A research group headed by Dr. Naoto Umezawa, a Senior Researcher at the NIMS International Center for Materials Nanoarchitectonics (MANA), succeeded in theoretical design of a photocatalyst that enables hydrogen production by water splitting using sunlight.
Because the development of photocatalysts had been carried out based on the intuitions of researchers, systematic improvement of photocatalyst activity was difficult. Therefore, construction of design guidelines for promoting development with good visibility has been desired. Researchers around the world have attempted to select promising materials by conducting simulated experiments using computers and realize theory-led development, but few have been successful.
High expectations have been placed on strontium titanate (SrTiO3) as a photocatalyst. However, this compound cannot absorb visible light, which occupies a large part of the spectrum of sunlight. Therefore, we attempted to expand its visible light absorption by doping with transition metals such as Cr, etc. In recent years, much research has been done on co-doping of transition metal elements and other elements with the aim of stabilizing the oxidation number (valence) of the transition elements, but no clear guidelines exist for selection of the dopant.
In this research, we studied the optimum combination of dopants based on the electronic structures when Cr and various other elements are co-doped utilizing computational science. As a result, we predicted that the highest activity would occur when La, which has the capacity to form conduction electrons in SrTiO3, is co-doped with Cr. We also confirmed experimentally that this material exhibits high efficiency in evolution of hydrogen from water under visible light irradiation, thus demonstrating the validity of the theory.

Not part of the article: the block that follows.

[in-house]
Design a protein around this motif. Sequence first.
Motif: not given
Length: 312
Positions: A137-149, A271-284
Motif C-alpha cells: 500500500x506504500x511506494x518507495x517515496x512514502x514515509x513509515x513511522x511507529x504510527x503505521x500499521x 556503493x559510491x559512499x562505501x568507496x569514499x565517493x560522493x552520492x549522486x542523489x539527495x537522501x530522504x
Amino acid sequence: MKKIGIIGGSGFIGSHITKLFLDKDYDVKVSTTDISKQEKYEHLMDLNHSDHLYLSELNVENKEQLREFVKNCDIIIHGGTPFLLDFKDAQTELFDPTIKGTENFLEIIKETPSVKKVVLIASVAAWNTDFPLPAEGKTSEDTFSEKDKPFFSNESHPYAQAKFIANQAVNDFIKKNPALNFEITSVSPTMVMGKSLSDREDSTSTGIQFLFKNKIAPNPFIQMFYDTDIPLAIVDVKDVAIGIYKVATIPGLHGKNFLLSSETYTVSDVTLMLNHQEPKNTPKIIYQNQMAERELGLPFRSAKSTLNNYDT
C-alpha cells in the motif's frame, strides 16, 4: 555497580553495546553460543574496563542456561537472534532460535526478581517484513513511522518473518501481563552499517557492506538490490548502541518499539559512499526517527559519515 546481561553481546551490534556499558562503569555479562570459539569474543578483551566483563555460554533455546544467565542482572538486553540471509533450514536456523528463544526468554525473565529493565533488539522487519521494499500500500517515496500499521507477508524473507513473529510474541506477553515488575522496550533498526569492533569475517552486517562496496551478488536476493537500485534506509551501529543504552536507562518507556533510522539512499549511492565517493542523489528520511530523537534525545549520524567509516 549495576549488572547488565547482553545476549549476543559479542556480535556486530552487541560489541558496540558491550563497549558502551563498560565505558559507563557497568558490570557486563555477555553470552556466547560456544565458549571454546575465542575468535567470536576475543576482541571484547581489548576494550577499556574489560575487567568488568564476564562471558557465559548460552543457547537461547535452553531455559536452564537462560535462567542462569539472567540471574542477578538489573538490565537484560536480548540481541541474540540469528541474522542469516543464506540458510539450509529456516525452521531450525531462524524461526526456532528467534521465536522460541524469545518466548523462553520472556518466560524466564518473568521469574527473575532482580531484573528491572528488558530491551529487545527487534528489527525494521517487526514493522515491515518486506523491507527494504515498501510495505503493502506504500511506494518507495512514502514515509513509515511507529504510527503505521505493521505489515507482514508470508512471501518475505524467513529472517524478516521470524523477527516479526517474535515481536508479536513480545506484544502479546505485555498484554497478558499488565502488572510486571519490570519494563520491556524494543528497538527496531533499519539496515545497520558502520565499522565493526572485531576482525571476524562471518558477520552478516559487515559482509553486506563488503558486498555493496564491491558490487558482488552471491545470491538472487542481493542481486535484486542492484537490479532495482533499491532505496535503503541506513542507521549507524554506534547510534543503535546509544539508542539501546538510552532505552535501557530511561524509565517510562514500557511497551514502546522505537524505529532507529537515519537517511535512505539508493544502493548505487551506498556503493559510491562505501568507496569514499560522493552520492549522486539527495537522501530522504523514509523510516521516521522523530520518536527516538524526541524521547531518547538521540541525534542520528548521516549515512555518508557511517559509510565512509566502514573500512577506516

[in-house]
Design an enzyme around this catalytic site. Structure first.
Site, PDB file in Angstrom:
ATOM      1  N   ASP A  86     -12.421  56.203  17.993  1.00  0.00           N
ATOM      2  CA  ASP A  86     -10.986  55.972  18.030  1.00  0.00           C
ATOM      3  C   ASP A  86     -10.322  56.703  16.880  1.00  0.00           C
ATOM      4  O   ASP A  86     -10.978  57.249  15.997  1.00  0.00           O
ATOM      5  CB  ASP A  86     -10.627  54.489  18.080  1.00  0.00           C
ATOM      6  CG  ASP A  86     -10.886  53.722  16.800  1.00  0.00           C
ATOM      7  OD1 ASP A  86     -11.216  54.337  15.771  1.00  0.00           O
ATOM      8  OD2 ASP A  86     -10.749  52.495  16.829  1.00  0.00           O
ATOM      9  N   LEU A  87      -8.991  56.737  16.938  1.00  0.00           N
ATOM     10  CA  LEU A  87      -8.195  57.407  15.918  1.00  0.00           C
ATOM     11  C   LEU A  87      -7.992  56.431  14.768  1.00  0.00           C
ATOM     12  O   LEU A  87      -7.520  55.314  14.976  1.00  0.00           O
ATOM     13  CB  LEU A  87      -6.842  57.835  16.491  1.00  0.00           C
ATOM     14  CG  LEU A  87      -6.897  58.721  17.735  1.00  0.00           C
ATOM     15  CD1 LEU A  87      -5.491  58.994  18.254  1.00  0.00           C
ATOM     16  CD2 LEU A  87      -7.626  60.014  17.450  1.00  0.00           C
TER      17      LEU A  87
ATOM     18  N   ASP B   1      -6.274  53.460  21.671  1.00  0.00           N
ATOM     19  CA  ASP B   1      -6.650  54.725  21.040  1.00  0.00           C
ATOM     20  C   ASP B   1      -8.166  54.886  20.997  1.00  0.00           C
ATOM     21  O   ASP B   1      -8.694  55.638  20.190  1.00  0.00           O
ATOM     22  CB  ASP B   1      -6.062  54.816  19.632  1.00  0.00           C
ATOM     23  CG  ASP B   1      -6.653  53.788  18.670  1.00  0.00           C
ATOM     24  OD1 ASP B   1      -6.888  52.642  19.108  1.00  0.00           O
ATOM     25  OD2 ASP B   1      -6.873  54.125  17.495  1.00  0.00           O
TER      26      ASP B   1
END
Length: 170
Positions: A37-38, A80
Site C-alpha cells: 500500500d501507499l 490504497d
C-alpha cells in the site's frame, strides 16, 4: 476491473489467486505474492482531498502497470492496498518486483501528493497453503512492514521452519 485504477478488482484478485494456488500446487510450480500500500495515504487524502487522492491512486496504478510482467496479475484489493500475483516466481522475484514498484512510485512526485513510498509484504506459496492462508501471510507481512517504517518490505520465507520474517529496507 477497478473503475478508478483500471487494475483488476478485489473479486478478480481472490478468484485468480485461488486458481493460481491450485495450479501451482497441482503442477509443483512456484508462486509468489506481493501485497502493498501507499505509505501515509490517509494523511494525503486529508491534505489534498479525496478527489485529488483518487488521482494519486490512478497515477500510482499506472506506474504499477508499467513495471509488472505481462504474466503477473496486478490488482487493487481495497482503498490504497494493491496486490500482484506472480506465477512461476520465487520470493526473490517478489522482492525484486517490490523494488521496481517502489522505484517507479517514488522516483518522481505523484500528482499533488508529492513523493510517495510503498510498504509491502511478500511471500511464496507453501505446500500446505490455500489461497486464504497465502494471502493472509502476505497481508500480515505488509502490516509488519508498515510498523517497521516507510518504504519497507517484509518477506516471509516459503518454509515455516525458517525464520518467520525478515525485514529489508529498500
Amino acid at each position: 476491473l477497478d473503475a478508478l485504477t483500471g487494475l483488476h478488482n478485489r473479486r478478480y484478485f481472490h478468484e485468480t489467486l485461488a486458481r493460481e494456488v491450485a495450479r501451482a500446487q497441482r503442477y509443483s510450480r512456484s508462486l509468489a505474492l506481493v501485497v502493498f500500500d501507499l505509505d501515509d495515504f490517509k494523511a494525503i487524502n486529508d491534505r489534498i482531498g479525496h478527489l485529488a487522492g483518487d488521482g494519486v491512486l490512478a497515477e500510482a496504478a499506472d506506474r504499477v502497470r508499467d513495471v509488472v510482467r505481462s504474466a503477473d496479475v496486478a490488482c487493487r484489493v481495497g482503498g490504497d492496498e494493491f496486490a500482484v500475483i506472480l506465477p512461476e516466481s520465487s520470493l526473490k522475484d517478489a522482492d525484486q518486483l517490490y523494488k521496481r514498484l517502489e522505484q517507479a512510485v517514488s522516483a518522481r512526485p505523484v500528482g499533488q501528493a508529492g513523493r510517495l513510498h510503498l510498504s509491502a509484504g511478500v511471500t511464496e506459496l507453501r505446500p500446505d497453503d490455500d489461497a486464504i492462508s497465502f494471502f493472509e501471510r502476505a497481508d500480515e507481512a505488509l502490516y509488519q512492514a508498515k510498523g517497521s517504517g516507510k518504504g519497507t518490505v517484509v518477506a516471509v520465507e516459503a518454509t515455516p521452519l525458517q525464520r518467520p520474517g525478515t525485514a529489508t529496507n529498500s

As hydrogen is expected to be an environment-friendly energy source, development of a technology that enables efficient production of hydrogen is awaited. This research demonstrated the effectiveness of theoretical design in the development of photocatalysts, thereby opening a new road toward the development of materials with higher activity. This approach is expected to make an important contribution to solving environmental and energy problems.
These results were published in the English scientific journal, Journal of Materials Chemistry A online on December 21, 2012.
See: pubs.rsc.org/en/content/articl … g/2013/TA/C2TA00450J
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